Ideacity 13 – An Event to Remember
By Our Correspondent
The great city of Toronto saw the usual hustle and bustle of urban life outside the Royal Conservatory of Music between June 13 to June 15. But inside, at the Koerner Hall, it was a different story. It was Ideacity, where some of the finest minds of our planet had come together to share their views of our world and its future.
The brainchild of media legend, Moses Znaimer, Ideacity is now in its 13th year. A constellation of the top talent of the world, Ideacity 13 produced a discussion of brand new thoughts, ideas that have already taken shape and works in progress.
Firebrands produce fireworks. All the speakers, stalwarts in their field, not only motivated the audience but also thoroughly entertained them. They demanded debates on current and pressing issues and set pulses soaring with riveting performances and inspirational speeches.
Be it author or astronomer, technologist or musician, scientist or illusionist – they all had one thing in common. They were idealists.
This year’s theme was Teotwawki (The end of the world as we know it). Ideacity's audience began at an overwhelming 81% optimists and remained so even at the end of the conference. It was only a befitting conclusion to the idea that all new beginnings occur from the end of other new beginnings.
Ten year old singer and songwriter, Ta’Kaiya Blaney from
North Vancouver opened the three day extravaganza with a rendition of Oh Canada and then with, Amazing Grace in the Sliammon language and spoke about the significance of culture.
Journalist and TV Host, Richard Syrett spoke about doomsday prophecies and concluded that the idea of the end of the world this year could simply be a reset.
Jeff Rubin, the former Chief Economist at CIBC World Markets established that the single source of energy is oil; whether we travelled by air, water or on land and that all recessions were bound to have oil fingerprints on them. He determined that we could still have the world we want if we allow the world we have known, to go away.
Ecologist, Rex Weyler recounted an experience from the time when he was eleven and living in Oklahoma. He had been able to catch an abundant volume of catfish from an untouched pond and spent an entire summer fishing there. Gradually there was nothing left for him to take. It was then that the realization struck him that along with his brother, he had fished out the pond. He reminded us that we were destroying our real wealth, our rivers, forests and diversity for the sake of false wealth, which is money.
Jodi Emery, the wife of jailed marijuana activist, Marc Emery argued that marijuana had not caused people as much harm as the war against it.
Comedian Derek Seguin made the audience think and laugh.
Eric Weiner, the philosophical traveller, spoke of the importance of ‘place’ just when we had begun to think that it did not matter where we are today, since we are all so connected. Drawing from the famous adda (intellectual exchange) sessions of the Coffee House in Kolkata in India to the Finnish test of scientific eavesdropping on cell phone users that discovered 82 % of people still asked – where are you, during conversations, he pointed out how where we were, affected who we were. And that indeed, happiness had an address.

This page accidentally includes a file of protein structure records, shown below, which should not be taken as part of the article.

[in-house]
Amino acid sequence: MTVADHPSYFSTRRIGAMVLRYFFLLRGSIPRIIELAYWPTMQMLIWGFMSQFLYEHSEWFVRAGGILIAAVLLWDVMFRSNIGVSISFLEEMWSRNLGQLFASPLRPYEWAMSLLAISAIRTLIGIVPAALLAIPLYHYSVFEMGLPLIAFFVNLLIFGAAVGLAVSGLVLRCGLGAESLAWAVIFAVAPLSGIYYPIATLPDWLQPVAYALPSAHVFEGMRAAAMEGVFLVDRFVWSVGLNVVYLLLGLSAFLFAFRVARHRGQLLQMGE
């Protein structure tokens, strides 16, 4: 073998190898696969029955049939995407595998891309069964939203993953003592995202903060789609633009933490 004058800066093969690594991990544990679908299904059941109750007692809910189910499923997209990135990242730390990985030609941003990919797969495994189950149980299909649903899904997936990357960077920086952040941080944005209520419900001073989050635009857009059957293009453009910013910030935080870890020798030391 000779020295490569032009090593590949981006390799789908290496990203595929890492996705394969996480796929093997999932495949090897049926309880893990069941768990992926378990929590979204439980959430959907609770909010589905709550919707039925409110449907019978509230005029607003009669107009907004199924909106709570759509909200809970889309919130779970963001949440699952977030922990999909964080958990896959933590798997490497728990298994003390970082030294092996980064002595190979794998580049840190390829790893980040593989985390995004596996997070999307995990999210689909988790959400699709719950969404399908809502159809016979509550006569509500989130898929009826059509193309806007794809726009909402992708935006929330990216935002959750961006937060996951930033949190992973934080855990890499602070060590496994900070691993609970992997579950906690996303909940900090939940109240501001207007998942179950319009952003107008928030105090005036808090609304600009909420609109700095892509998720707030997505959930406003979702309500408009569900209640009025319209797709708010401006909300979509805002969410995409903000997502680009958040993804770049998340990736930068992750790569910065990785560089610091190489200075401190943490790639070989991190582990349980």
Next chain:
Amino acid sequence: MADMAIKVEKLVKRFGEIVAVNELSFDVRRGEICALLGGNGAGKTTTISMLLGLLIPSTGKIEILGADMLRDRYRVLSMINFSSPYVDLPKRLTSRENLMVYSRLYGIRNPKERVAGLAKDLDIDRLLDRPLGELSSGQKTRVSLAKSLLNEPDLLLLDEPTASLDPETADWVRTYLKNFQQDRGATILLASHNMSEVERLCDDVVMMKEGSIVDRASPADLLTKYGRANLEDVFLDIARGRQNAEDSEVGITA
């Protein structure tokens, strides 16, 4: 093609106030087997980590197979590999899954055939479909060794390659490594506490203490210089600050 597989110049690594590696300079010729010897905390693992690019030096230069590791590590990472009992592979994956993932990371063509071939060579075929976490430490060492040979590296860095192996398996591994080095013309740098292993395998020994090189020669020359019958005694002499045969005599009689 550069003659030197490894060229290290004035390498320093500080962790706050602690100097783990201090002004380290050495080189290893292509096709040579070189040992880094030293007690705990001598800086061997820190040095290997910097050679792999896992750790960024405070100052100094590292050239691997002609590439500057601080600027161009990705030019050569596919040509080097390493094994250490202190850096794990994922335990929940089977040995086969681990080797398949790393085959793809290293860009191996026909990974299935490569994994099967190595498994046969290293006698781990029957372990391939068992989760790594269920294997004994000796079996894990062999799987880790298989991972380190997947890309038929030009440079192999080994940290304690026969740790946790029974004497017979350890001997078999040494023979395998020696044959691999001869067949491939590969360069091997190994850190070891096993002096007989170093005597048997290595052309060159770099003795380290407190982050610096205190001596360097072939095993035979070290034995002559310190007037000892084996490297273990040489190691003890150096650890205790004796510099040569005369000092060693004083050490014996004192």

Composer Tod Machover created, in collaboration with stellar Canadian musicians, live on stage, the genesis of A Toronto Symphony, a work he is composing with the entire city of Toronto.
Audi Gozlan’s meditative stretch break rejuvenated the audience.
One week job worker, Sean Aiken reminded us that finding our true life passion was possible at any age.
Neuroscientist and possibilian, David Eagleman urged us to approach science with humility, given that our knowledge is so limited.
The Lemon Bucket Orkestra took the party outside with its high energy 14 piece band while ace Ilusionist, Simon Coronel had the audience eating out of his hands as he worked wonders with cards.
The ever charismatic author and journalist, Pico Iyer pointed out that to make sense of all the information reaching us today at great speed, we still need isolation and stillness.
Sexologists Ogi Ogas & Sai Gaddam had the rapt attention of the audience with their findings from extensive research and gathered a few chuckles along the way.
David Jay narrated his story of asexuality and argued that the asexual nursed the same urge for connection as anyone else.
Belly-dancer Shivaun Corry traced the origin of many dance movements to Rajasthan in India. Within minutes, she had the audience on their feet and sent them into shimmies of joy.
When BollyFit’s Reshmi Chetram came on stage, even the laziest in the audience began to sway to her moves.
Andrew Sharpless, CEO of Oceana, a global network dedicated to catering for the world’s water, discussed his work on ocean conservation while Dr. Mark Liponis, a global health leader provided practical tips to personalize ones healthcare.
Dignified Death Advocate Wanda Morris spoke about respecting an individual’s right to determine the nature and timing of their death.
Dr. Marcus Laux, a naturopathic physician spoke about how menu, movement and motivation could maximize our DNA destiny.
Michael Kaeshammer, singer, songwriter and pianist worked magic on the piano. A master showman, he added copious doses of humour in his interaction with the audience.
Singer Jann Arden, Physicist Daniel Friedmann, Business Guru Roger Martin, Politician Preston Manning were among many other notable speakers.
The after parties at some of Toronto’s trendy venues like Spice Route, C-Lounge and Rosewater Supper Club were grand finales to the non-stop action packed days at Ideacity 13. And if history repeats itself like it usually does, Ideacity 14 promises to be just as enthralling.
Pictures: Sunita Nagori and Ideacity as shown on the images